It also makes little sense to limit the assessment of liability in a hostile work environment claim to the conduct that falls within the 180- or 300-day period given that this time period varies based on whether the violation occurs in a State or political subdivision that has an agency with authority to grant or seek relief. It is important to remember that the statute requires that a Title VII plaintiff must wait 60 days after proceedings have commenced under state or local law to file a charge with the EEOC, unless such proceedings have earlier terminated. § 2000e—5(c). In such circumstances, however, the charge must still be filed within 300 days of the occurrence. See Mohasco, 447 U. S., at 825-826. The extended time period for parties who first file such charges in a State or locality ensures that employees are neither time barred from later filing their charges with the EEOC nor dissuaded from first filing with a state agency. See id., at 821 (“The history identifies only one reason for treating workers in deferral States differently from workers in other States: to give state agencies an opportunity to redress the evil at which the federal legislation was aimed, and to avoid federal intervention unless its need was demonstrated”). Surely, therefore, we cannot import such a limiting principle into the provision where its effect would be to make the reviewable time period for liability dependent upon whether an employee lives in a State that has its own remedial scheme.[12]

Simply put, § 2000e—5(e)(1) is a provision specifying when a charge is timely filed and only has the consequence of limiting liability because filing a timely charge is a prerequisite to having an actionable claim. A court’s task is to determine whether the acts about which an employee complains are part of the same actionable hostile work environment practice, and if so, whether any act falls within the statutory time period.

With respect to Morgan’s hostile environment claim, the Court of Appeals concluded that “the pre- and postlimitations period incidents involve[d] the same type of employment actions, occurred relatively frequently, and were perpetrated by the same managers.” 232 F. 3d, at 1017. To support his claims of a hostile environment, Morgan presented evidence from a number of other employees that managers made racial jokes, performed racially derogatory acts, made negative comments regarding the capacity of blacks to be supervisors, and used various racial epithets. Id., at 1013. Although many of the acts upon which his claim depends occurred outside the 300 day filing period, we cannot say that they are not part of the same actionable hostile environment claim.[13] On this point, we affirm.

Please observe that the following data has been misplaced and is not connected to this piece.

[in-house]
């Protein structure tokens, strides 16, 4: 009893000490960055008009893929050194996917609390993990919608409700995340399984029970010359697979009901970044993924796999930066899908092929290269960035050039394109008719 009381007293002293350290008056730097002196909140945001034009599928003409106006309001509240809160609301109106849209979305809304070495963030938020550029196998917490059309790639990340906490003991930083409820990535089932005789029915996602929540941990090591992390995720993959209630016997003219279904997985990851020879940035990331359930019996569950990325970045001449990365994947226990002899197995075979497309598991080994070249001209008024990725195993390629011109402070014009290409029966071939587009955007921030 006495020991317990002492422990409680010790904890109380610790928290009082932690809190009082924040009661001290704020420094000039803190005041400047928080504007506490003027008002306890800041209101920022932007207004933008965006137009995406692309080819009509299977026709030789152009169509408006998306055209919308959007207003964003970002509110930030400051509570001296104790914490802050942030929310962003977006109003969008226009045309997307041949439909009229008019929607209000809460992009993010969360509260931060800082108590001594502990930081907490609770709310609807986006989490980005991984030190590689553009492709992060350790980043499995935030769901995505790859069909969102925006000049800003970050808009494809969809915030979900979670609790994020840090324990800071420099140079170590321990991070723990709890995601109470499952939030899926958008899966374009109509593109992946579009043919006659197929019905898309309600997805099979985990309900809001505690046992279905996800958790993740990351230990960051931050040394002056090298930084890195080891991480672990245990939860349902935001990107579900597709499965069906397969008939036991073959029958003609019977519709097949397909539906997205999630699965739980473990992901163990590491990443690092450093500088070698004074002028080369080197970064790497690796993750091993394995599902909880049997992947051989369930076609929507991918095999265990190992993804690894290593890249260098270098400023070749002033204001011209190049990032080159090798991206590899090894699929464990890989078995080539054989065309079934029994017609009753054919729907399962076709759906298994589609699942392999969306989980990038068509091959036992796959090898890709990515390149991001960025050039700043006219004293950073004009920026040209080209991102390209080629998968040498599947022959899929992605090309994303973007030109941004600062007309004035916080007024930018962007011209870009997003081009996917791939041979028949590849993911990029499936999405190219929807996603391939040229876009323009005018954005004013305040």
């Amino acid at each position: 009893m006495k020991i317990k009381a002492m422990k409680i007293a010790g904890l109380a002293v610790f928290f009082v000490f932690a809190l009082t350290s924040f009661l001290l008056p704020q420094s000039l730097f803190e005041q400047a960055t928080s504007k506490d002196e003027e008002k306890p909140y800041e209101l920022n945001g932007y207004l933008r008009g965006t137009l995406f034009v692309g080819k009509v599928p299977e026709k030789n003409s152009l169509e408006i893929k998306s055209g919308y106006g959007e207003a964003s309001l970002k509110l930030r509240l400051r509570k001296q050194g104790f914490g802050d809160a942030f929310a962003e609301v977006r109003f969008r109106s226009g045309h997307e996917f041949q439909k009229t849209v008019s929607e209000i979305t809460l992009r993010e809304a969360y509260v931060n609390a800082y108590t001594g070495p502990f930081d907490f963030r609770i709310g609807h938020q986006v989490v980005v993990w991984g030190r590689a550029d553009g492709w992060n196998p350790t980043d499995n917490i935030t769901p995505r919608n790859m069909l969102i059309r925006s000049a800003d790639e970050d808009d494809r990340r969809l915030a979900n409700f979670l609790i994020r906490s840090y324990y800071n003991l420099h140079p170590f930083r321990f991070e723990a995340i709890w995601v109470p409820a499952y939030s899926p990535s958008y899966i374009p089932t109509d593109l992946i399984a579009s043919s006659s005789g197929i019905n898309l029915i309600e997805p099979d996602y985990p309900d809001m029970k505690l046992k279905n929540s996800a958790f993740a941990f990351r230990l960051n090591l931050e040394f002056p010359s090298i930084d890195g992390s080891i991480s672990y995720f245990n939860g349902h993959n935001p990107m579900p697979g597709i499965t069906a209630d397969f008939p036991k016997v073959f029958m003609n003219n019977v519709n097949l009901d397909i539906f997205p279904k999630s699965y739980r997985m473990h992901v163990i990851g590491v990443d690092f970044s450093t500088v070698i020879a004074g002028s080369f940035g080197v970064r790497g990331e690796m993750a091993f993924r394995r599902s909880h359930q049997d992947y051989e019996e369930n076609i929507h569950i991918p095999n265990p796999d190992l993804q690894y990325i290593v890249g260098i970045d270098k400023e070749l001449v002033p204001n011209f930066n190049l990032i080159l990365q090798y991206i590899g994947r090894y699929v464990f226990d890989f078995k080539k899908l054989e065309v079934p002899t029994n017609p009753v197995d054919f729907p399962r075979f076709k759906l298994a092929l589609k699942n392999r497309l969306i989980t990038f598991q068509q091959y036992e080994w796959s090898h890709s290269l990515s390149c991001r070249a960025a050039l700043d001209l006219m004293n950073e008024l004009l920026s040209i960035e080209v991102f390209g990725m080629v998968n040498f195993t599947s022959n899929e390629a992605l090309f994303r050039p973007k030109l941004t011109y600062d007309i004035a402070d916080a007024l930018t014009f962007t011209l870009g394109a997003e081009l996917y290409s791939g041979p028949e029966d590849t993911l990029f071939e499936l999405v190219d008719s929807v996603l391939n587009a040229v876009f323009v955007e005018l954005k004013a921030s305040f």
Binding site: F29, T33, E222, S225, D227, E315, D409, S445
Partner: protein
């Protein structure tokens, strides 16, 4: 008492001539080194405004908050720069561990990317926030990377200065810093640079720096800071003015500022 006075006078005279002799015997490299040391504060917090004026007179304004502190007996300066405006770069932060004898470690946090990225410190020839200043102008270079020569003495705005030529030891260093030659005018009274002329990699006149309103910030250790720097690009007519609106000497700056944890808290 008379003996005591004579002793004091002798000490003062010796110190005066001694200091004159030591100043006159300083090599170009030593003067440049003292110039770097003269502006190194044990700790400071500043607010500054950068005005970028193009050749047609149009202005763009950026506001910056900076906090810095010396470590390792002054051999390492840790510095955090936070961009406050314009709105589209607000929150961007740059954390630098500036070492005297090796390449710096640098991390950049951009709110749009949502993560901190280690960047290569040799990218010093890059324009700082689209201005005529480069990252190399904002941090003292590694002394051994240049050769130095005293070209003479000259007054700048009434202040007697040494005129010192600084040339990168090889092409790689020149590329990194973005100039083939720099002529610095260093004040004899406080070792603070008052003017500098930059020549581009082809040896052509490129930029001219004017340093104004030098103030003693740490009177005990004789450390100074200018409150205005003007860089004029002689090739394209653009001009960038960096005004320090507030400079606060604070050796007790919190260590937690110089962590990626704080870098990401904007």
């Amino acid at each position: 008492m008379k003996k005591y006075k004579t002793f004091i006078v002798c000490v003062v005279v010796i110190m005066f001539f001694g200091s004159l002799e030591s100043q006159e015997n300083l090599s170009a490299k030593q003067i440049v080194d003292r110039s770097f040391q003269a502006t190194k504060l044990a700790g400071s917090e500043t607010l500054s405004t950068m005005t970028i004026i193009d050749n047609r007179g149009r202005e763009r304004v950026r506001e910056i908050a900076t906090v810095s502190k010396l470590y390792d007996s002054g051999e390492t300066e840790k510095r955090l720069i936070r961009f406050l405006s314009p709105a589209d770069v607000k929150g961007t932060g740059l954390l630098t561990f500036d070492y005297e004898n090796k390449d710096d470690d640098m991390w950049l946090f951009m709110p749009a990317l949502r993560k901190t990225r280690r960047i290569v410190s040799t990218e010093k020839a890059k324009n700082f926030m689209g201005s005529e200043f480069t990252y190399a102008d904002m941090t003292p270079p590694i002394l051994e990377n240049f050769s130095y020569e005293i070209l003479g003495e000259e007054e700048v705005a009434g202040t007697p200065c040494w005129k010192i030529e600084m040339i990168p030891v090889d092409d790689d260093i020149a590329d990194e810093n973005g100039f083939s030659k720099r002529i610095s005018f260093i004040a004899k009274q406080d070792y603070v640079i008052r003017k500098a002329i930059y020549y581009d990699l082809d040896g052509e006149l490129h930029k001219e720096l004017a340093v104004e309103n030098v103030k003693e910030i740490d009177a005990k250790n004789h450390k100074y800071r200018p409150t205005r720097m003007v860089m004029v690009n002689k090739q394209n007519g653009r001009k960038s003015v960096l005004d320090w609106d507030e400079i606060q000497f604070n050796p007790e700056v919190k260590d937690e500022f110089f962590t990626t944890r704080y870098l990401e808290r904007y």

Our holding does not leave employers defenseless against employees who bring hostile work environment claims that extend over long periods of time. Employers have recourse when a plaintiff unreasonably delays filing a charge. As noted in Zipes v. Trans World Airlines, Inc., 455 U. S. 385 (1982), the filing period is not a jurisdictional prerequisite to filing a Title VII suit. Rather, it is a requirement subject to waiver, estoppel, and equitable tolling “when equity so requires.” Id., at 398. These equitable doctrines allow us to honor Title VII’s remedial purpose “without negating the particular purpose of the filing requirement, to give prompt notice to the employer.” Ibid.

This Court previously noted that despite the procedural protections of the statute “a defendant in a Title VII enforcement action might still be significantly handicapped in making his defense because of an inordinate EEOC delay in filing the action after exhausting its conciliation efforts.” Occidental Life Ins. Co. of Cal. v. EEOC, 432 U. S. 355, 373 (1977). The same is true when the delay is caused by the employee, rather than by the EEOC. Cf. Albemarle Paper Co. v. Moody, 422 U. S. 405, 424 (1975) (“[A] party may not be `entitled’ to relief if its conduct of the cause has improperly and substantially prejudiced the other party”). In such cases, the federal courts have the discretionary power to “to locate `a just result’ in light of the circumstances peculiar to the case.” Id., at 424-425.

In addition to other equitable defenses, therefore, an employer may raise a laches defense, which bars a plaintiff from maintaining a suit if he unreasonably delays in filing a suit and as a result harms the defendant. This defense “`requires proof of (1) lack of diligence by the party against whom the defense is asserted, and (2) prejudice to the party asserting the defense.’ ” Kansas v. Colorado, 514 U. S. 673, 687 (1995) (quoting Costello v. United States, 365 U. S. 265, 282, (1961)). We do not address questions here such as “how—and how much—prejudice must be shown” or “what consequences follow if laches is established.” 2 Lindemann 1496-1500.[14] We observe only that employers may raise various defenses in the face of unreasonable and prejudicial delay.


We conclude that a Title VII plaintiff raising claims of discrete discriminatory or retaliatory acts must file his charge within the appropriate time period—180 or 300 days—set forth in 42 U. S. C. § 2000e—5(e)(1). A charge alleging a hostile work environment claim, however, will not be time barred so long as all acts which constitute the claim are part of the same unlawful employment practice and at least one act falls within the time period. Neither holding, however, precludes a court from applying equitable doctrines that may toll or limit the time period.